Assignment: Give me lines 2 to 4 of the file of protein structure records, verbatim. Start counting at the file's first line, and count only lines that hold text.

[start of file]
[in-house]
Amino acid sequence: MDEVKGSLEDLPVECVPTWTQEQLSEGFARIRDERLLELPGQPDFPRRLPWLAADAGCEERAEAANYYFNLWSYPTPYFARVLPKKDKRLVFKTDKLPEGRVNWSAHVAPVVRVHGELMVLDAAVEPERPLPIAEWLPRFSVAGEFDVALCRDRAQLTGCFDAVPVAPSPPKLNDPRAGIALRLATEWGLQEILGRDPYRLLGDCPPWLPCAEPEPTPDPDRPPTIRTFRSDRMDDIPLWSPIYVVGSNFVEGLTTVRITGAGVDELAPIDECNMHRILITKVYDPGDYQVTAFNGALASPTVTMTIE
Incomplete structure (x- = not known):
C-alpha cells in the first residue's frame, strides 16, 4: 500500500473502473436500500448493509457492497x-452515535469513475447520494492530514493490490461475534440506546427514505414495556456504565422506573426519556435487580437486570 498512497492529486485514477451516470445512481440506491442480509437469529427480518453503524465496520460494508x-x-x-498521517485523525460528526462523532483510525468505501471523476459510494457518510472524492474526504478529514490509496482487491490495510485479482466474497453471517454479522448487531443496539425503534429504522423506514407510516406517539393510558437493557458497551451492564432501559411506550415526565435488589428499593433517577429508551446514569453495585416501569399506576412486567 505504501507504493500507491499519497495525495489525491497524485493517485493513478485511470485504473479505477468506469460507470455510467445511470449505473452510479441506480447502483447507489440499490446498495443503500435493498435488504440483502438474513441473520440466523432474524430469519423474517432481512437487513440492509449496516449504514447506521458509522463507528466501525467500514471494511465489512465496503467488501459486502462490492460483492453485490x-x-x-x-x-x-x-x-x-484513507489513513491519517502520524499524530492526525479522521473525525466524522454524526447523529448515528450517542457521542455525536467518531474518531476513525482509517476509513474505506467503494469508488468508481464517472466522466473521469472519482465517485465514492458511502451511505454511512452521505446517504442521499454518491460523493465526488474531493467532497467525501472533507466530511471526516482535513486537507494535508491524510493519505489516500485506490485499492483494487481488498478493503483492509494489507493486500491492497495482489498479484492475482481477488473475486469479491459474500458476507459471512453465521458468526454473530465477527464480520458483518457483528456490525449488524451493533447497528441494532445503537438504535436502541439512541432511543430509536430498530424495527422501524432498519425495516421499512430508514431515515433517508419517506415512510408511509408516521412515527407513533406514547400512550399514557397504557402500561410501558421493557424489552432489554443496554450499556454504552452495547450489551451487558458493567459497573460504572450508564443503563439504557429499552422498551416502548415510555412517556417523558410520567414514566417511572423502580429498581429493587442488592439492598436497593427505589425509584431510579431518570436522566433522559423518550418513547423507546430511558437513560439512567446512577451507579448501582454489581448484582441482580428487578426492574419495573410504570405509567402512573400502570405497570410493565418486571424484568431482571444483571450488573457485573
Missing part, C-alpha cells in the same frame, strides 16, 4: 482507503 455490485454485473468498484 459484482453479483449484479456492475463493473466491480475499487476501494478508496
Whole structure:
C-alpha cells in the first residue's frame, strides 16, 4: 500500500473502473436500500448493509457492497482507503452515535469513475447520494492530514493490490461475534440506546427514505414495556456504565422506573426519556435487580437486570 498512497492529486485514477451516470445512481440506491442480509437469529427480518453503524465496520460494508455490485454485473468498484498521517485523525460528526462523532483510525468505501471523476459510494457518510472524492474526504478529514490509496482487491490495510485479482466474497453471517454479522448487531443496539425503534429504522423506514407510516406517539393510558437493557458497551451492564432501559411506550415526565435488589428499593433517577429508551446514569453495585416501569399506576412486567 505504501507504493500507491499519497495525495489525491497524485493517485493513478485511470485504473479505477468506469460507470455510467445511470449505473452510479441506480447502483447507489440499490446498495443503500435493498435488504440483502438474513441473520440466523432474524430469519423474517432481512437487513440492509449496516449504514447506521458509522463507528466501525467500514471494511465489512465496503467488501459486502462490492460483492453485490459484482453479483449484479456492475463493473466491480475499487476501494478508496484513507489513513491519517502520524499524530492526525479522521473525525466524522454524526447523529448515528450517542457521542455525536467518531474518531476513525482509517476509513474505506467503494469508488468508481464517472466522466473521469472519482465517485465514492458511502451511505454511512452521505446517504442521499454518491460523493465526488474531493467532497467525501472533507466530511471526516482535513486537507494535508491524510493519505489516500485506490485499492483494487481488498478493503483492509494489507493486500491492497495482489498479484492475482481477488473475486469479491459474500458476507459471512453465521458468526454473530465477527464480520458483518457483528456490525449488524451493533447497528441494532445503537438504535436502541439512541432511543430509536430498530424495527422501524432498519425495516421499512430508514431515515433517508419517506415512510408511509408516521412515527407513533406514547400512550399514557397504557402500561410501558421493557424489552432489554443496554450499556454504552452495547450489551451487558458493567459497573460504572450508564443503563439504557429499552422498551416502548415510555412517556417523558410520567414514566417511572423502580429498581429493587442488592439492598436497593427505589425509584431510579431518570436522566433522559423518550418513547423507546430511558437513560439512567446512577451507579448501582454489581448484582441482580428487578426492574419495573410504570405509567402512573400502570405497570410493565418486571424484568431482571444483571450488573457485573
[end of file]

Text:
Amino acid sequence: MDEVKGSLEDLPVECVPTWTQEQLSEGFARIRDERLLELPGQPDFPRRLPWLAADAGCEERAEAANYYFNLWSYPTPYFARVLPKKDKRLVFKTDKLPEGRVNWSAHVAPVVRVHGELMVLDAAVEPERPLPIAEWLPRFSVAGEFDVALCRDRAQLTGCFDAVPVAPSPPKLNDPRAGIALRLATEWGLQEILGRDPYRLLGDCPPWLPCAEPEPTPDPDRPPTIRTFRSDRMDDIPLWSPIYVVGSNFVEGLTTVRITGAGVDELAPIDECNMHRILITKVYDPGDYQVTAFNGALASPTVTMTIE
Incomplete structure (x- = not known):
C-alpha cells in the first residue's frame, strides 16, 4: 500500500473502473436500500448493509457492497x-452515535469513475447520494492530514493490490461475534440506546427514505414495556456504565422506573426519556435487580437486570 498512497492529486485514477451516470445512481440506491442480509437469529427480518453503524465496520460494508x-x-x-498521517485523525460528526462523532483510525468505501471523476459510494457518510472524492474526504478529514490509496482487491490495510485479482466474497453471517454479522448487531443496539425503534429504522423506514407510516406517539393510558437493557458497551451492564432501559411506550415526565435488589428499593433517577429508551446514569453495585416501569399506576412486567 505504501507504493500507491499519497495525495489525491497524485493517485493513478485511470485504473479505477468506469460507470455510467445511470449505473452510479441506480447502483447507489440499490446498495443503500435493498435488504440483502438474513441473520440466523432474524430469519423474517432481512437487513440492509449496516449504514447506521458509522463507528466501525467500514471494511465489512465496503467488501459486502462490492460483492453485490x-x-x-x-x-x-x-x-x-484513507489513513491519517502520524499524530492526525479522521473525525466524522454524526447523529448515528450517542457521542455525536467518531474518531476513525482509517476509513474505506467503494469508488468508481464517472466522466473521469472519482465517485465514492458511502451511505454511512452521505446517504442521499454518491460523493465526488474531493467532497467525501472533507466530511471526516482535513486537507494535508491524510493519505489516500485506490485499492483494487481488498478493503483492509494489507493486500491492497495482489498479484492475482481477488473475486469479491459474500458476507459471512453465521458468526454473530465477527464480520458483518457483528456490525449488524451493533447497528441494532445503537438504535436502541439512541432511543430509536430498530424495527422501524432498519425495516421499512430508514431515515433517508419517506415512510408511509408516521412515527407513533406514547400512550399514557397504557402500561410501558421493557424489552432489554443496554450499556454504552452495547450489551451487558458493567459497573460504572450508564443503563439504557429499552422498551416502548415510555412517556417523558410520567414514566417511572423502580429498581429493587442488592439492598436497593427505589425509584431510579431518570436522566433522559423518550418513547423507546430511558437513560439512567446512577451507579448501582454489581448484582441482580428487578426492574419495573410504570405509567402512573400502570405497570410493565418486571424484568431482571444483571450488573457485573